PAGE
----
Mr.Krinkle More than 1 year ago
Artemis, Jarlaxle, Crenshinibon, rogue rogues and a city of cutthroats. This is what you get here. Mystery, treachery greed and chaos lead the way. No one seems to be the "good guy" in this series. Yes, that is Cadderly on the cover, he plays a major part in a portion of the book. Every one is an ally and an enemy equally. My favorite Salvatore book, save for possibly The Silent Blade. Recommend all Salvatore Drizzt or Jarlaxle books.
Royce Reynolds More than 1 year ago
Great book waiting for promise of the witch king now
brjunkie More than 1 year ago
Artemis Entreri and Jarlaxle are at odds. Jarlaxle is in possession of Crenshinibon and quickly begins to make some very serious mistakes. Jarlaxle is partnered with the drow Kimmuriel and Rai-guy. There is a four way battle at all times. Once Entreri is able to take possesion of Charon's Claw, things take on a completely different turn. Is Entreri able to destroy the Crystal Shard. Will Jarlaxle betray Artemis Entreri in order to take Crenshinibon back? Will Kimmuriel and Rai-guy finally take control on the surface in Calimport, and over throw the Matron Mothers, to rule Menzoberranzan? Will the Crystal Shard be destroyed for good?
Guest More than 1 year ago
I have read just about every ra salvatore book there is, he has come to be my all time favorite. the book was slow and draggy for his style, but compaired to others it was action packed, I would recomend it to all but, there are other r.a. salvatore books that were alot better
Karlstar on LibraryThing 24 days ago
Salvatore is at his best when he's writing about his favorite characters, Drizz't and his companions. However, this book is primarily about Artemis Entreri, Jarlaxle, and Cadderly. Cadderly and Danica turn up because the Crystal Shard has fallen into the hands of the Jarlaxle and Artemis, and they know it must be retrieved and destroyed. However, they are just a small part of the book, the rest is politics and power plays in Calimport. Interesting, but not that great.
jasonmoody9 on LibraryThing 24 days ago
The Sellswords, Book 1Paths of Darkness, Book 3.Wizards of the Coast has brought all four of the original Dark Elf series' (Dark Elf trilogy, Icewind Dale Trilogy, Legacy of the Drow, Paths of Darkness) into a single series (the new series is now structured into chronological order instead of published order. The Hunter's Blades Trilogy remains seperate). This book was originally book 3 of the Path's of Darkness, and has been removed completely from the Dark Elf storyline. Although this book remains related to the others, having some of the same characters, it is now Book one in a new series, The Sellswords. This should only be confusing to people who own older copies of the Dark Elf books, as they will be misprinted on the covers and spines. It certainly can be read still as part of it's original series with no consequence.The Sellswords Trilogy follows the adventures of Entreri and Jarlaxle, assasins for hire, and is as excellent as any Forgotten Realms novel by the author. If you're a fan of Drizzt and his usual companions, you will certainly feel this series is an essential part of your collection. Drizzt fans seem rather obsessive about his stories, and for good reason. They're entertaining, well written, and have a wide appeal. Drizzt is not a part of this book, but he is mentioned, and the characters are known to each other.A bit of Trivia for newer fan's of Drizzt. The Icewind Dale Trilogy (Crystal Shard, Streams of Silver, The Haflings Gem) were the first novel's written of all Salvatore's Forgotten Realms books. Drizzt was not originally a character, but appeared in later rewrites at the request of the publisher to have a companion created for Wufgar. Drizzt went on to become the most successful Forgotten Realms character of all time, appearing as a cameo in books from other authors, and even Video games such as "Baldur's Gate" and "Demon Stone".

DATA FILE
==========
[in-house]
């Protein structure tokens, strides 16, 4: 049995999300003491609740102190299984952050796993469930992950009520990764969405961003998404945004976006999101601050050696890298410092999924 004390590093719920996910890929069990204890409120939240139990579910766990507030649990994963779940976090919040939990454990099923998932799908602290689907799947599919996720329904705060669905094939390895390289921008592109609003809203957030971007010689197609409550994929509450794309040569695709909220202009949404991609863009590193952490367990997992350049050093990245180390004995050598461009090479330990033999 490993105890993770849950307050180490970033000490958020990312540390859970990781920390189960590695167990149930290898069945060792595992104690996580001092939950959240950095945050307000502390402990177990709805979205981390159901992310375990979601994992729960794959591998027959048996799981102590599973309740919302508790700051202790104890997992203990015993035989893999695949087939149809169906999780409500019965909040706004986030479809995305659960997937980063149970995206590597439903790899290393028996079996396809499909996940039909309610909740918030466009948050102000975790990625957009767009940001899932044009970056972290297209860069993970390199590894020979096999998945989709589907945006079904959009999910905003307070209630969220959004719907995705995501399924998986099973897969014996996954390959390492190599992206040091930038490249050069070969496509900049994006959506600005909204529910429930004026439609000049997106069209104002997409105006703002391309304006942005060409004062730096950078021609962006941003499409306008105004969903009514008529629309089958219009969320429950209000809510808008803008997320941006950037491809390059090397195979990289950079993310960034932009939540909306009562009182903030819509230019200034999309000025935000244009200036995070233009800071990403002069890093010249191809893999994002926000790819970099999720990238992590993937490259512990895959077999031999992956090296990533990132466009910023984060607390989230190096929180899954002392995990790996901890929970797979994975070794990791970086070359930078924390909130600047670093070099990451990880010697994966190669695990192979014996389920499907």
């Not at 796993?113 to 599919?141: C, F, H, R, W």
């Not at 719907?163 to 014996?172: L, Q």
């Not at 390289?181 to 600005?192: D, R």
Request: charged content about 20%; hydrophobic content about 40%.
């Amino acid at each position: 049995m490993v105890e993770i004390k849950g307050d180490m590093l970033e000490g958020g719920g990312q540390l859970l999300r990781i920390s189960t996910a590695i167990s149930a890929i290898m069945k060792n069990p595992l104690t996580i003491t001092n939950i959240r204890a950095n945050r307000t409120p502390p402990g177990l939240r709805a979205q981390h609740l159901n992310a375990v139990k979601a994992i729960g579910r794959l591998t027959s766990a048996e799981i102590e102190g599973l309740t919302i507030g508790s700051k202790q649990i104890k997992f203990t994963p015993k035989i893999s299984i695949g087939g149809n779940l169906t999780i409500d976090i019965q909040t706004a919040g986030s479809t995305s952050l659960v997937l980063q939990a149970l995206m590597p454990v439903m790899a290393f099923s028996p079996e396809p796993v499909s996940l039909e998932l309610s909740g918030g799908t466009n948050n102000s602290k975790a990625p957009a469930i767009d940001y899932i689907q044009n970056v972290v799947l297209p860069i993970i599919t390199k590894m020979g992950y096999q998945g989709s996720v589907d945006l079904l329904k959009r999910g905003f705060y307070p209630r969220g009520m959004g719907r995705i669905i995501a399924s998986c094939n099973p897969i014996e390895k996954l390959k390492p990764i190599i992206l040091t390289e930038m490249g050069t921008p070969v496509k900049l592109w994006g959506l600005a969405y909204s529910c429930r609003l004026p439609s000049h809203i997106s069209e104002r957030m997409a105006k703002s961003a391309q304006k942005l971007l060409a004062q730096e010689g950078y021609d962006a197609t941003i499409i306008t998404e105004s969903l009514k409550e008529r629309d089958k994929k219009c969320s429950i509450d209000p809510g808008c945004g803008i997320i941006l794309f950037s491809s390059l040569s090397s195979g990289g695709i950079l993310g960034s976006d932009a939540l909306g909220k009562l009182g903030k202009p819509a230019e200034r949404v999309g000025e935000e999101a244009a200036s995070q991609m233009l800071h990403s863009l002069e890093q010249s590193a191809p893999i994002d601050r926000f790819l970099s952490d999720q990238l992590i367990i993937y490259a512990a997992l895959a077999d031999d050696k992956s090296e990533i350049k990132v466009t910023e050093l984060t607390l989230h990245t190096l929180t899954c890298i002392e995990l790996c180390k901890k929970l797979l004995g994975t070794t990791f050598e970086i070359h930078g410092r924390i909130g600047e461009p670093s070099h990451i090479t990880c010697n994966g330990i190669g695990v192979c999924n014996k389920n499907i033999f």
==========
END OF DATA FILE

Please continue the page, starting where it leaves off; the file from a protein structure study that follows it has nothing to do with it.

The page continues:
kaboomcju on LibraryThing 24 days ago
Call me a sucker for D & D literature! Gotta love Jarlaxle and Artemis Entreri.
LouCypher on LibraryThing 24 days ago
Artemis Entreri is back in Calimport under the watchful eyes of Jarlaxle who is slowly losing control to the mighty artifact the Crystal Shard. Will Entreri's wits and prowess be enough to save himself and Jarlaxle from the Shard and others with murderous intent.Once again R. A. Salvatore weaves an intricate tale of lies and deception in the Forgotten Realms vast world. Brilliant fighting scenes and indepth plot make this a page turner in its most demanding sense. Loved the whole book and have grown to make these two bit players in the Salvatore world definetely main charachters.
Anonymous More than 1 year ago
All I really need to say is R. A. Salvatore has done it, yet again.